A couple of weeks ago, I reflected on delivering my first workshops in my new role as a lecturer. This was, however, technically before my new contract started. Today I can now reflect on my first official week in post as a lecturer.
My first day was technically the 1st of October (the date stated on the contract). While it wasn’t a working day, I actually logged in on the 1st of the month to check my role had switched from ‘Academic and Library Specialist‘ to ‘Lecturer in Education Studies‘. It had. Phew! ?? My main reason for doing this was so I could renew my library books which were currently on recall due to the contract change. It was also reassuring to know I’d still get paid at some point too. ?
The system changes were more important than just Library access – they also gave me a route into the systems I’d need as an academic. I could finally see who my personal supervisees were – and access the data I needed to support them. Of course – this is all a strange aspect of my internal move and does not have so much to do with the roles themselves. It also represented the loss of access to the Library’s internal systems. In particular, I will very much miss using LibGuides and LibCal – part of the LibApps suite. These were excellent tools, although not something I will need day-to-day anymore. I’ve also lost access to (and responsibility for) the Library’s social media. Suffice it to say – my Twitter notifications have gone down significantly!
New role, new contact
This contract change to lecturer also represented my final step out of the thirdspace as I am now officially in an academic post. Having worked in the thirdspace for a decade, I know this is a significant change. In an academic role, I now have new opportunities for career development and progression. There are also clearer policies governing things like intellectual property and consultancy, which were always challenging in the thirdspace as there was an assumption no one in professional services would produce content in this scope. A lot of this doesn’t really matter right here and now, but it represents future opportunities. There is also much more freedom and control in the day-to-day work, more reflective of the duties than anything else.
My teaching workload is focused on educational research, and I couldn’t be happier. I am part of the teams working on the level 7 dissertation (60 credits) and research design and implementation (30 credits) modules. I am also supporting the level 6 extended research project module (60 credits). This essentially gives me the dissertation and research methods support at both levels 6 and 7, bringing foucs to my new role. These modules really fit in with my areas of expertise and I can’t wait to see that the students do with their research opportunity.
For me, the level 6 work is exciting as it is a brand new module, so we all have the opportunity to put our mark on it and shape the content. For the level 7 modules, the content is mostly developed so we can focus on delivery instead. This gives me time to prepare more thoroughly, and as we have a diverse and international cohort, I look forward to learning about educational concepts and theories beyond the UK.
In focus: My first week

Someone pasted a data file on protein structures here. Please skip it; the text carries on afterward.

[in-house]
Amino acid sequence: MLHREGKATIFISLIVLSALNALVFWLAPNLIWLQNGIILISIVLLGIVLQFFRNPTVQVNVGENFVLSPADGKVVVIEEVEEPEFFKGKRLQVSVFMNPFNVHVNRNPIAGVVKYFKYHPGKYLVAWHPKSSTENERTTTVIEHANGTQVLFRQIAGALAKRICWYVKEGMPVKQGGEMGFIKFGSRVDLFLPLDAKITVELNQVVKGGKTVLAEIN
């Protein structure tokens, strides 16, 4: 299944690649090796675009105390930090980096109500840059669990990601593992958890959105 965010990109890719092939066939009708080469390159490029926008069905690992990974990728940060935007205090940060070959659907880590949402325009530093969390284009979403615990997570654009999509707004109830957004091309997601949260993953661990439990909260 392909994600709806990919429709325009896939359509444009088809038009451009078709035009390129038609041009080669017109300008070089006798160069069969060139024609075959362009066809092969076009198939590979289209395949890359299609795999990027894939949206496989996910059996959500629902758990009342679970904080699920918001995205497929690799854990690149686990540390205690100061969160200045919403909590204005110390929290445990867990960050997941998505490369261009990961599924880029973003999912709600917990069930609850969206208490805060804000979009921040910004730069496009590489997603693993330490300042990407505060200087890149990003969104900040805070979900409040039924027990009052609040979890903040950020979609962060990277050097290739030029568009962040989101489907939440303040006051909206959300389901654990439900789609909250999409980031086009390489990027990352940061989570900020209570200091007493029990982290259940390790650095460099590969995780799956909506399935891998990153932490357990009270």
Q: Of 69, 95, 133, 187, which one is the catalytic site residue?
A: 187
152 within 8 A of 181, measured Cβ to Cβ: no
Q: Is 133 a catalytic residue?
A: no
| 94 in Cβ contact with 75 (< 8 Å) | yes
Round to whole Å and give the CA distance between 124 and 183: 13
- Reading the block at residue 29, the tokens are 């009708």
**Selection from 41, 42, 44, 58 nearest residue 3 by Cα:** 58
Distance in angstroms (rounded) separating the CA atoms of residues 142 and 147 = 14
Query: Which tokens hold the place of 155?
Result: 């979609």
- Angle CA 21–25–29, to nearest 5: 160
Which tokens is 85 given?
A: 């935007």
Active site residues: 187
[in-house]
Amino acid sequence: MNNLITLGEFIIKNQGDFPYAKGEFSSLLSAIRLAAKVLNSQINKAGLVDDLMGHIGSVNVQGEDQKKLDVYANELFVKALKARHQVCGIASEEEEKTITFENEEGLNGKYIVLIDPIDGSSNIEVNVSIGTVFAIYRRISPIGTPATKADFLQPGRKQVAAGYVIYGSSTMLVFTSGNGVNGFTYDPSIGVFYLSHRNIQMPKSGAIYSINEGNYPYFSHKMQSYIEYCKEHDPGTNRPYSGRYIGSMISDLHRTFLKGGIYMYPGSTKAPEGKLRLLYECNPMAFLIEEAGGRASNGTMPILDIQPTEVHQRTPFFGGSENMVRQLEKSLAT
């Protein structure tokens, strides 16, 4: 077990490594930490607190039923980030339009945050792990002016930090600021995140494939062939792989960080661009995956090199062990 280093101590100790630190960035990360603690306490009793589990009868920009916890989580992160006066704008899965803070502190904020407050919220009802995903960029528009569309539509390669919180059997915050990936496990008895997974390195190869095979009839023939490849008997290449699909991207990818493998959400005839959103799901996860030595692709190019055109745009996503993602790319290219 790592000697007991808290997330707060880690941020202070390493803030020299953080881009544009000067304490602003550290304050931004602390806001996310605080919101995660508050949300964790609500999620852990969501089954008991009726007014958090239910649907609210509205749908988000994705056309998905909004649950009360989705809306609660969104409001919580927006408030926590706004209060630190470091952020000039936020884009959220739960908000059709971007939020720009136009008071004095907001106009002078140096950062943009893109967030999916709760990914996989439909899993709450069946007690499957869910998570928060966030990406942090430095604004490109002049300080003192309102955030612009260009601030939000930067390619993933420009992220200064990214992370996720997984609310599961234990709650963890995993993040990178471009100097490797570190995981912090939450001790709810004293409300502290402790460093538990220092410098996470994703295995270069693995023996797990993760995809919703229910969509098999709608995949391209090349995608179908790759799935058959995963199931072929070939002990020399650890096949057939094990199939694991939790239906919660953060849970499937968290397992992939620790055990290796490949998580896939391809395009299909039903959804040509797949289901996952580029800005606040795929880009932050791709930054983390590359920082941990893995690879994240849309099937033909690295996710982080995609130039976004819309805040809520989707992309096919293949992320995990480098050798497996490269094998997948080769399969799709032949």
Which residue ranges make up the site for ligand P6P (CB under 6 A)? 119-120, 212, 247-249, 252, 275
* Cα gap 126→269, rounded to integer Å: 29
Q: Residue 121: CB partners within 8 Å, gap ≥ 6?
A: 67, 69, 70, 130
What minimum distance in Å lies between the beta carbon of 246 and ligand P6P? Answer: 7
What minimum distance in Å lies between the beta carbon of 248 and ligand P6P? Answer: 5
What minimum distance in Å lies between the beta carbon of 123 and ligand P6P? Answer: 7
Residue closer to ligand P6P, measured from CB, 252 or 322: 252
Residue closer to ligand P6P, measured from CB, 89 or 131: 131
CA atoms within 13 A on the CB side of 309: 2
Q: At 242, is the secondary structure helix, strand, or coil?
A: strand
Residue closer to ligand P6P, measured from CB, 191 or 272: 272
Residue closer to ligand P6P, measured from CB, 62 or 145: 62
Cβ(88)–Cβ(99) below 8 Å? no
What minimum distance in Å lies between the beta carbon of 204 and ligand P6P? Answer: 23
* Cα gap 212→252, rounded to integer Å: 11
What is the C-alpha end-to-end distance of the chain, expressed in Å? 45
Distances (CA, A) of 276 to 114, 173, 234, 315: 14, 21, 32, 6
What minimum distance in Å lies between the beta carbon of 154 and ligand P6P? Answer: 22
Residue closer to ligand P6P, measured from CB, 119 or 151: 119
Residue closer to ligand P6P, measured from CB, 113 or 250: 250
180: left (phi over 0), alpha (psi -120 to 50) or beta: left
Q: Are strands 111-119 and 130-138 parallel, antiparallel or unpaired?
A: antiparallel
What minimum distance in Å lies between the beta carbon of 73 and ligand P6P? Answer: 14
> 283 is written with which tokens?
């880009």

Focusing on my first week in more detail, it was brilliant to deliver my second workshop for two of the modules I am part of. It was particularly nice to see the same group of students for a second week, something that is a novelty compared to my old role. As a Learning Developer, I would see a revolving door of students from every discipline and level of study. As a lecturer, I am supporting three modules and a number of personal supervisees. I will see the same students over and over again. We can learn names, get to know each other and build a relationship. This will allow us to build connections and trust, enabling higher levels of discussion and debate in workshops. I also hope it will allow honesty and candidness, which are enablers for topics like positionally and ethics. This will develop in time, but we were really able to hit the ground running this week after the groundwork set in the first session. I’ve already spoken with so many passionate students this last week; the whole experience has been totally energising.
With this role, there is also a lot of responsibility. Lecturers play a significant role in the student experience and are often the primary contact students have with the university. Given my module allocation, it is essential to acknowledge that supporting students with their dissertations is a significant undertaking as these assessments tend to have a high weighting. At level 6, the module is worth half of their final year. For level 7 students, the dissertation is the equivalent of one-third of their grade. These modules are essential for student success, and I will be doing everything in my power to make them a fantastic experience for my students.
Another area of responsibility is also personal supervision. As a personal supervisor, I will act as that first port of call for students in need. I have much to learn in this area, but there is also excellent support from the Faculty, so I feel very comfortable in this undertaking. I also have the benefit of my previous years working in the same institution, so I am very familiar with the services available. I’m looking forward to developing my role as a personal supervisor, and it will be great to get to know these students more in weeks to come.
Earlier this month I reflected on leaving the thirdspace. This post continues my reflections on the transition to my new job!